A few years earlier, it was Manpreet Badal's People's Party of Punjab which had similarly captured the imagination of the people with its message of change and opposition to the VIP culture in 2011-12. Punjabis watched with dismay as the PPP floundered and sank into political oblivion in the succeeding years.  Some of its leaders went back to the Akali Dal. Manpreet briefly contemplated joining the AAP, but by then the AAP had its head in the clouds and a miffed Manpreet merged his outfit with the Congress in 2016. 

Cut to August, 2018 and the release of the Justice Ranjit Singh Commission report which indicted former CM Parkash Singh Badal, patriarch of the SAD, for his mismanagement of the Bargari desecration incident and the police firing in Behbal Kalan in October, 2015 which led to the death of two persons. The commission also noted that though the Punjab police had cracked the desecration case by zeroing in on the involvement of men of the Dera Sacha Sauda, it was asked not to arrest the men. These findings confirmed what everyone had for long suspected: that the dera head all along had official patronage.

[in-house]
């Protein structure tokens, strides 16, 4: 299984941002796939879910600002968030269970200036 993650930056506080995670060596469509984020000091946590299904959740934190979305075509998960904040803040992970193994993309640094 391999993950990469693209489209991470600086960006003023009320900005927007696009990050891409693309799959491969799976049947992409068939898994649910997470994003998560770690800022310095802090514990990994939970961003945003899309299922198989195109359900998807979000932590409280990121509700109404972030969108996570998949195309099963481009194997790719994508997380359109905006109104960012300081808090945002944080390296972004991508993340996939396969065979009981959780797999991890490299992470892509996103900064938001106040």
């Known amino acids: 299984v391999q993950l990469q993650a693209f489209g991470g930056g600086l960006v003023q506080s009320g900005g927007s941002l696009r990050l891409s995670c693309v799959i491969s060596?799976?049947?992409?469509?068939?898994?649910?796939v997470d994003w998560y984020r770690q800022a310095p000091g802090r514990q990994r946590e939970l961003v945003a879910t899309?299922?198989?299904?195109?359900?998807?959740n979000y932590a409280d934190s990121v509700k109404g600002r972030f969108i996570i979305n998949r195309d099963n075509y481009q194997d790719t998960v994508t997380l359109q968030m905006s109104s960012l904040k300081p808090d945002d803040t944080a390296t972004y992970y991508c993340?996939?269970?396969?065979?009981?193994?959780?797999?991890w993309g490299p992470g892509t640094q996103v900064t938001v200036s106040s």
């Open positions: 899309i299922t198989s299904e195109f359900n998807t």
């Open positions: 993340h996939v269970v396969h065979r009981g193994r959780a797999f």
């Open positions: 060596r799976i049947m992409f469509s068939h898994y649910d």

The SAD-supported Akal Takht had controversially pardoned the dera head for sacrilege at that time and the resultant furore led to the pardon being withdrawn. But veteran Akalis were furious. As the commission's report became public, the SAD's religious moorings and claim of being the guardian of the Sikh Panth lay in tatters and everyone, including senior leaders of the party, began to look accusingly at Badal senior. The rumblings in the party are loud and clear, and  most old Taksali leaders with roots in the Sikh constituency have either abandoned the Badals or are in the process of doing so.